Oregon's union apprenticeships are outpacing their nonunion counterparts when it comes to diversity and inclusion, says a recent study.
“Diversity, in leadership and in the rank-and-file, makes us richer both in talent and in community," said Bridget Quinn, Portland, Ore., Local 48's workforce development coordinator. "Union programs encompass brother and sisterhood, a real looking-out for others. Nonunion programs lack that connection. They're more business-focused than people-focused."
The study, conducted by Larissa Petrucci through the University of Oregon's Labor Education and Research Center, found that union apprenticeship programs are more diverse than their nonunion counterparts and have higher success rates all around, especially for women and people of color.
In particular, Petrucci found that women and people of color are significantly more likely to complete their programs when it's a union apprenticeship as compared to a nonunion one. They are also more than twice as likely to enter a high-wage trade if they go through a union apprenticeship.
Construction is the third-fastest-growing industry in Oregon and the state's Employment Department is predicting 11,900 new construction jobs over the next decade, all while 17% of the workforce nears retirement, reported the Portland Business Journal. As such, recruitment to the trades is becoming increasingly vital.
"In order for the trades to continue to grow, we have to look outside of the typical groups that have been sought after to produce our workflow," said Local 48 Daytime Instructor and Outreach Coordinator Kennitha Wade.
Among Petrucci's findings is that more women and people of color have enrolled in apprenticeship programs over the last decade. In 2020, 11% of all newly enrolled apprentices were women, a 57% increase from 2011, and 31% of newly enrolled apprentices were people of color, a 55% increase from the same time period. And most of these groups were in union programs. In trades represented by both union and nonunion programs, unions graduated a significantly higher proportion of apprentices, boasting a graduation rate of 58% compared to 36% for the nonunion alternative.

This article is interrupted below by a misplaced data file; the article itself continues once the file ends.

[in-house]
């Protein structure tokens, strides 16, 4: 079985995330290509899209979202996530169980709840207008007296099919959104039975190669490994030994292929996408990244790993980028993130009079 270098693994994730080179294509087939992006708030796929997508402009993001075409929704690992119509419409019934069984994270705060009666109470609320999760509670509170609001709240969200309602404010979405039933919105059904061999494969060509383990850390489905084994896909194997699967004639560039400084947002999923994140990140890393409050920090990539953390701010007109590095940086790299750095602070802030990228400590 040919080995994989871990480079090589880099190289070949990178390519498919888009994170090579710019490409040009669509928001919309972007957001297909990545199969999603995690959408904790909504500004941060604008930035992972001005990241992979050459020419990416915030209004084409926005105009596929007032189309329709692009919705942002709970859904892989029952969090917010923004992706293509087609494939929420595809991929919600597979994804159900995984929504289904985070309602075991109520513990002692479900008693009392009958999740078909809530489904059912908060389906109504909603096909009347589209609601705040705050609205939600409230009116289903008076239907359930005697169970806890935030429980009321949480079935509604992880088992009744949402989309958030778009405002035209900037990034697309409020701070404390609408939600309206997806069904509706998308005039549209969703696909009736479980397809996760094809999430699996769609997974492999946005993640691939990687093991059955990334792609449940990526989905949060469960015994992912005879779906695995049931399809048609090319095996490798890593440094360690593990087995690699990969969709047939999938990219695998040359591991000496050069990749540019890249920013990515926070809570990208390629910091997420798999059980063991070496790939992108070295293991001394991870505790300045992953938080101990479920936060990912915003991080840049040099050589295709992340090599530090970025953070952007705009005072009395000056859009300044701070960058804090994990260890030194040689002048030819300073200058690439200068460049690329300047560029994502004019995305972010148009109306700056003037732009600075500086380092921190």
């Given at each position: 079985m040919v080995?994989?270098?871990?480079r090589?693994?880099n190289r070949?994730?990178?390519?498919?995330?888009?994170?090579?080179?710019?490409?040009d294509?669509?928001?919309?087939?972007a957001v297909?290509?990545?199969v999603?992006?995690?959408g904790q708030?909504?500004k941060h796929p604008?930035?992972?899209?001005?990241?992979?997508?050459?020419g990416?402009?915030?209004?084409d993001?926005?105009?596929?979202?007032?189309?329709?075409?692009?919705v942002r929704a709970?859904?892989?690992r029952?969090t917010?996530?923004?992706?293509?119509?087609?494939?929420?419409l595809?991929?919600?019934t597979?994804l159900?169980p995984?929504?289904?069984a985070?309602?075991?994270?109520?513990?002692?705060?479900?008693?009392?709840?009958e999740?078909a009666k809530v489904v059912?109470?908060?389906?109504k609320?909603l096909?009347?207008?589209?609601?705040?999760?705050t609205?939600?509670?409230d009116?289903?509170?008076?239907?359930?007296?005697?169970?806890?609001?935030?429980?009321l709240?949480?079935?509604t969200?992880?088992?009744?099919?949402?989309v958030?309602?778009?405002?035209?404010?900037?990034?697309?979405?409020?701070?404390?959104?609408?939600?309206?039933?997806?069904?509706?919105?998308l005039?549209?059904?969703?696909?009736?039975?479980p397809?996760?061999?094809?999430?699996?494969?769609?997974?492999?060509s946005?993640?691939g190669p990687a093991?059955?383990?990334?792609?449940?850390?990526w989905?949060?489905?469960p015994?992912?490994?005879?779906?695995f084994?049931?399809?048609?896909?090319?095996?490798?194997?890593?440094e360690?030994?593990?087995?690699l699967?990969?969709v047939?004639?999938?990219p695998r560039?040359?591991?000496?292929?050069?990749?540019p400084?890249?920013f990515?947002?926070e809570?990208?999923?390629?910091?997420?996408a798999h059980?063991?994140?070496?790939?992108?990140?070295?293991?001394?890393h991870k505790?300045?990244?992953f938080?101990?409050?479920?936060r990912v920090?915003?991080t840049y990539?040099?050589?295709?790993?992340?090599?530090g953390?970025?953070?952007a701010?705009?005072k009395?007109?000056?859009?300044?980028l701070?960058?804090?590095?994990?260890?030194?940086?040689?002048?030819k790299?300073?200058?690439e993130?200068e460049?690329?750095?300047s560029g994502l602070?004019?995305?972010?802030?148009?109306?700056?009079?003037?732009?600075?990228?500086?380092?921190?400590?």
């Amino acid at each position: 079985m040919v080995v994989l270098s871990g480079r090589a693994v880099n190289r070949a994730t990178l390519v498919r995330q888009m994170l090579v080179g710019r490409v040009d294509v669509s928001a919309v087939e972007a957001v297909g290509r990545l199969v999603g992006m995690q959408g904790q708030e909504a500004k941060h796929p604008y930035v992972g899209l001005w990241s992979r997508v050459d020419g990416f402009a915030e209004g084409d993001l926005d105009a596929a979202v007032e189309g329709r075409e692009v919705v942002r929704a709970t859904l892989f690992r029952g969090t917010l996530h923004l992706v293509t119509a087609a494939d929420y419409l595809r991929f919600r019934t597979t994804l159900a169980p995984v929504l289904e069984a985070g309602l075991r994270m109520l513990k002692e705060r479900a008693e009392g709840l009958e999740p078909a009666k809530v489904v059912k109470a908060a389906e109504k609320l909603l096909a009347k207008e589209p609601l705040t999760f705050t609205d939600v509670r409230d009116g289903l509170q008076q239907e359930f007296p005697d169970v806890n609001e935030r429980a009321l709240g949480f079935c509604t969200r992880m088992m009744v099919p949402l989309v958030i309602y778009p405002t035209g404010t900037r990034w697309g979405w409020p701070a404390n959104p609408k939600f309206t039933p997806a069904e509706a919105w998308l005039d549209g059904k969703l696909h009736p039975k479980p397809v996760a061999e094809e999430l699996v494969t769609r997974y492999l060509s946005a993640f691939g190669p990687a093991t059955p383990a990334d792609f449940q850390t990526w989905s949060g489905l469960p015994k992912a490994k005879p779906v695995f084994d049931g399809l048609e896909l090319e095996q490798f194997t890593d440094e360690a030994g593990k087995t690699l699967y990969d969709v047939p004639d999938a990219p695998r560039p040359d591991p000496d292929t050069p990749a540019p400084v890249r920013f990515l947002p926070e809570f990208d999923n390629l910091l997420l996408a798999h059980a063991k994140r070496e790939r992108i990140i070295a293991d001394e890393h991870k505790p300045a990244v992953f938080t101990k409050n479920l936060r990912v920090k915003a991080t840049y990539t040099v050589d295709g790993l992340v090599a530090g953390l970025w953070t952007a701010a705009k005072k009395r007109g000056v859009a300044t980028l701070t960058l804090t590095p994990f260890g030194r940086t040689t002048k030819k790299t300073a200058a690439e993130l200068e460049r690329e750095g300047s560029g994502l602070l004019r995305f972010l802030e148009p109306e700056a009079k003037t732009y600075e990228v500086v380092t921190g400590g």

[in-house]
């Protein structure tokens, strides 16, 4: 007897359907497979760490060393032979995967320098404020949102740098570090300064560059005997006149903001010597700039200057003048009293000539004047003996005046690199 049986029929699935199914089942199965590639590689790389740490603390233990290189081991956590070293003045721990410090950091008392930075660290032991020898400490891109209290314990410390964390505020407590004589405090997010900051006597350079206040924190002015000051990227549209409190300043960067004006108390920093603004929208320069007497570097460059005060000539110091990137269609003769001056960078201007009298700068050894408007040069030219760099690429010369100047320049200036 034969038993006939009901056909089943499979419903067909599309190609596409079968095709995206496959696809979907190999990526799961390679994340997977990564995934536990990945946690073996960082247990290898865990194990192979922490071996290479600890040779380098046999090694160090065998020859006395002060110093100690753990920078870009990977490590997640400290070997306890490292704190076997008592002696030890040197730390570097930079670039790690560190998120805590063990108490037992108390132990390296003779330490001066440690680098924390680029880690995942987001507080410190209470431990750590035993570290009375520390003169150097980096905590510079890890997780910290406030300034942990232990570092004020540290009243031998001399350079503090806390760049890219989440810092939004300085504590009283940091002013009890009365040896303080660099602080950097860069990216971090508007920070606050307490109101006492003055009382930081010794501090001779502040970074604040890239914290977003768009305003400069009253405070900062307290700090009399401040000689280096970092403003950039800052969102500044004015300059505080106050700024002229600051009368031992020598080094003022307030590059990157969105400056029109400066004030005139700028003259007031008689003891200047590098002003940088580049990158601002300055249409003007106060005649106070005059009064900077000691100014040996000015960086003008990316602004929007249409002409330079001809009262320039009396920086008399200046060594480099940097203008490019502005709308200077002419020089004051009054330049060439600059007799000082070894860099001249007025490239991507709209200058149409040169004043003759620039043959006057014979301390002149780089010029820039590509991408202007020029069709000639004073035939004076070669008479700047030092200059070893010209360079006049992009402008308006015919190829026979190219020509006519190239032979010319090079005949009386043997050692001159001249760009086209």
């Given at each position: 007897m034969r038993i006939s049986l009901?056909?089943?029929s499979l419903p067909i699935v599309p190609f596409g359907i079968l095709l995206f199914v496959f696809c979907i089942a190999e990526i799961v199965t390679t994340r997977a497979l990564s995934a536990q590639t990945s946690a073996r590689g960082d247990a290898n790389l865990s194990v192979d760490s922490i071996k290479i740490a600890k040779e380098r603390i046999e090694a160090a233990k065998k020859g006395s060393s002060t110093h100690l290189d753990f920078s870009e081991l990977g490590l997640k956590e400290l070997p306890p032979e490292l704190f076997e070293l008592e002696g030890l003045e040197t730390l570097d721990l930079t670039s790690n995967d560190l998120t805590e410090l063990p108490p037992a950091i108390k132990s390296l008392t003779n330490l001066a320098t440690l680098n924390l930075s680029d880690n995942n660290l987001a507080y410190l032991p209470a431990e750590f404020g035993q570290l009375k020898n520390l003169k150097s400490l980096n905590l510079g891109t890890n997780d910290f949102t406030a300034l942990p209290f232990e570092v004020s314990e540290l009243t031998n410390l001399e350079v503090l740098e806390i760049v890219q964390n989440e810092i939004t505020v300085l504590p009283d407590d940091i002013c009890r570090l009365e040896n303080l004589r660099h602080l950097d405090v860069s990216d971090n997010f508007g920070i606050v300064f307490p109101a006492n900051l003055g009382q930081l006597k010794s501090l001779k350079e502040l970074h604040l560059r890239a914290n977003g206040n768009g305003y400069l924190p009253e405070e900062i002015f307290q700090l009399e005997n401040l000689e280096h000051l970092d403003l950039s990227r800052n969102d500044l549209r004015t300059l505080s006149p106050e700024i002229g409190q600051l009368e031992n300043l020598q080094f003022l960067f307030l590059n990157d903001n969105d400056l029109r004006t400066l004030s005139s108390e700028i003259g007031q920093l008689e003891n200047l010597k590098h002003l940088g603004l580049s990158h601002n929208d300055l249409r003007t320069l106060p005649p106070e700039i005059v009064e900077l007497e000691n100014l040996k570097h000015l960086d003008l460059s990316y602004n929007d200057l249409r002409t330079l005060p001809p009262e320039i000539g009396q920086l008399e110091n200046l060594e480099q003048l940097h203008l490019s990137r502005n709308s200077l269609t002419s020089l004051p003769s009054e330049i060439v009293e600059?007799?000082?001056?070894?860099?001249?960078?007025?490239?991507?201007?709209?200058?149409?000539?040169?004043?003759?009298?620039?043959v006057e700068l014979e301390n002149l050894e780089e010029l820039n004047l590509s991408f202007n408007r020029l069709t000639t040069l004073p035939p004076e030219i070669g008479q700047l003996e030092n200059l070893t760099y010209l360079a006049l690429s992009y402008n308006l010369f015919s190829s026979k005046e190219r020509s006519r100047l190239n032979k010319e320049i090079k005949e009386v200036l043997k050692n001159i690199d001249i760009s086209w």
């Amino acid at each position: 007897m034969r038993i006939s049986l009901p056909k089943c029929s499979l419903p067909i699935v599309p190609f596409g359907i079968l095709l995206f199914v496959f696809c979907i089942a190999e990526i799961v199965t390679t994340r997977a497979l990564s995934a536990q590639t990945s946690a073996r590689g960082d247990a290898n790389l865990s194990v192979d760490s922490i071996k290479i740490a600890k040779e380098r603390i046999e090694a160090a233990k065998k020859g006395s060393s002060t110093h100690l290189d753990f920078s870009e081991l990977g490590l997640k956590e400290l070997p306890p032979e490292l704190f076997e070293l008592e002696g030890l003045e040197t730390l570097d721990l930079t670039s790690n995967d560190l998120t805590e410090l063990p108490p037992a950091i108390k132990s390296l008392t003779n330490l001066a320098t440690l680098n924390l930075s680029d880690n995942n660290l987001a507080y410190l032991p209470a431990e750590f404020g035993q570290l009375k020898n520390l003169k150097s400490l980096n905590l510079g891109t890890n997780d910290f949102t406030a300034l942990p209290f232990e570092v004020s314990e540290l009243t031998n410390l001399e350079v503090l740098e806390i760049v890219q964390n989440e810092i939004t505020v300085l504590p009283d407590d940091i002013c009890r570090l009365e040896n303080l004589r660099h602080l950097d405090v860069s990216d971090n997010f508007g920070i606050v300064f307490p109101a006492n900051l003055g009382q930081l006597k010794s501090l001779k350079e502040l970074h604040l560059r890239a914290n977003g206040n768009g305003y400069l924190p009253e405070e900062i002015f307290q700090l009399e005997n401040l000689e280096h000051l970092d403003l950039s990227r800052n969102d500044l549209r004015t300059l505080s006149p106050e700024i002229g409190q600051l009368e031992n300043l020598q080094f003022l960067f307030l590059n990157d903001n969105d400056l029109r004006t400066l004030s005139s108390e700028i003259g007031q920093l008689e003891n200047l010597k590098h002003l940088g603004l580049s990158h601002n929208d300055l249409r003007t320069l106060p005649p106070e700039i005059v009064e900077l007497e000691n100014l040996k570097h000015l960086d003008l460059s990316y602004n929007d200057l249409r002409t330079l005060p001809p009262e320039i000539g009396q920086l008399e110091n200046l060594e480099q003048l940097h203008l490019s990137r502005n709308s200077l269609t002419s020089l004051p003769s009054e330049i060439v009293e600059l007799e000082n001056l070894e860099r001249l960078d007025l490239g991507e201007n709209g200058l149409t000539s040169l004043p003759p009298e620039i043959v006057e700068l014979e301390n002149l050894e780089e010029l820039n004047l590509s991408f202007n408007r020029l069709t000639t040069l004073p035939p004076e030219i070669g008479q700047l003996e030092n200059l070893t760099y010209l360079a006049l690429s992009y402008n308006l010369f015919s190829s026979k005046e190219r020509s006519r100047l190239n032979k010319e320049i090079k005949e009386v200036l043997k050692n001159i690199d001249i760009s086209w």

One thing that Local 48 and other union apprenticeships do to help historically underrepresented groups is to offer support. This can take a variety of forms, from mentoring to interview preparation, and this extra attention can often be the difference between completing a program and not, Wade said.
"This trade can be brutal and when you feel like you do not belong on a job site, it's easy to believe what people tell you and leave. It's easy to want to escape the negative environment that sometimes exists on construction sites," Wade said. "With the union, there are support groups and spaces made available for people to talk to others they can identify with, where they can share experiences and get advice."
That support can come in the form of groups like the Electrical Workers Minority Caucus, RENEW/NextGen (the IBEW's young worker-focused group) and women's committees like Local 48's Sisters in Solidarity.